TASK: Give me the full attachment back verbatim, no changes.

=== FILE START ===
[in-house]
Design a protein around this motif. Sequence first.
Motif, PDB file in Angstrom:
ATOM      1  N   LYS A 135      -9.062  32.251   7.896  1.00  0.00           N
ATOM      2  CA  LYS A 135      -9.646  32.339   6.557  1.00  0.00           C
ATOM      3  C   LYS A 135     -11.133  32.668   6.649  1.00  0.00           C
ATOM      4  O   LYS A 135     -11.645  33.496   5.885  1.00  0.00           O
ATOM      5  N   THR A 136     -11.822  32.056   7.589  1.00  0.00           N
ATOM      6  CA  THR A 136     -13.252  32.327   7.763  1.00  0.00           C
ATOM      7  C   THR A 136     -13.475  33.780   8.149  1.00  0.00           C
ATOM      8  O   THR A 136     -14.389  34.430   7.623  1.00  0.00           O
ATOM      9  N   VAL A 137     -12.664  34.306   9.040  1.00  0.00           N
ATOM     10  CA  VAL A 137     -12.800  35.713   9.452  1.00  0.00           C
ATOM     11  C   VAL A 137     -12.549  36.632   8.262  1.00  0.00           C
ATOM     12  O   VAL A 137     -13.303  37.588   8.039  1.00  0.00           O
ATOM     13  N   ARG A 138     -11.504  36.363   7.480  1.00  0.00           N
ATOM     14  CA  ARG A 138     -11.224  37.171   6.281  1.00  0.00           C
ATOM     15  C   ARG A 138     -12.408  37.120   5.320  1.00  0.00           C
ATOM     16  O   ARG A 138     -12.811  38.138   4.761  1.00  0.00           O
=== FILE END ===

[in-house]
Design a protein around this motif. Sequence first.
Motif, PDB file in Angstrom:
ATOM      1  N   LYS A 135      -9.062  32.251   7.896  1.00  0.00           N
ATOM      2  CA  LYS A 135      -9.646  32.339   6.557  1.00  0.00           C
ATOM      3  C   LYS A 135     -11.133  32.668   6.649  1.00  0.00           C
ATOM      4  O   LYS A 135     -11.645  33.496   5.885  1.00  0.00           O
ATOM      5  N   THR A 136     -11.822  32.056   7.589  1.00  0.00           N
ATOM      6  CA  THR A 136     -13.252  32.327   7.763  1.00  0.00           C
ATOM      7  C   THR A 136     -13.475  33.780   8.149  1.00  0.00           C
ATOM      8  O   THR A 136     -14.389  34.430   7.623  1.00  0.00           O
ATOM      9  N   VAL A 137     -12.664  34.306   9.040  1.00  0.00           N
ATOM     10  CA  VAL A 137     -12.800  35.713   9.452  1.00  0.00           C
ATOM     11  C   VAL A 137     -12.549  36.632   8.262  1.00  0.00           C
ATOM     12  O   VAL A 137     -13.303  37.588   8.039  1.00  0.00           O
ATOM     13  N   ARG A 138     -11.504  36.363   7.480  1.00  0.00           N
ATOM     14  CA  ARG A 138     -11.224  37.171   6.281  1.00  0.00           C
ATOM     15  C   ARG A 138     -12.408  37.120   5.320  1.00  0.00           C
ATOM     16  O   ARG A 138     -12.811  38.138   4.761  1.00  0.00           O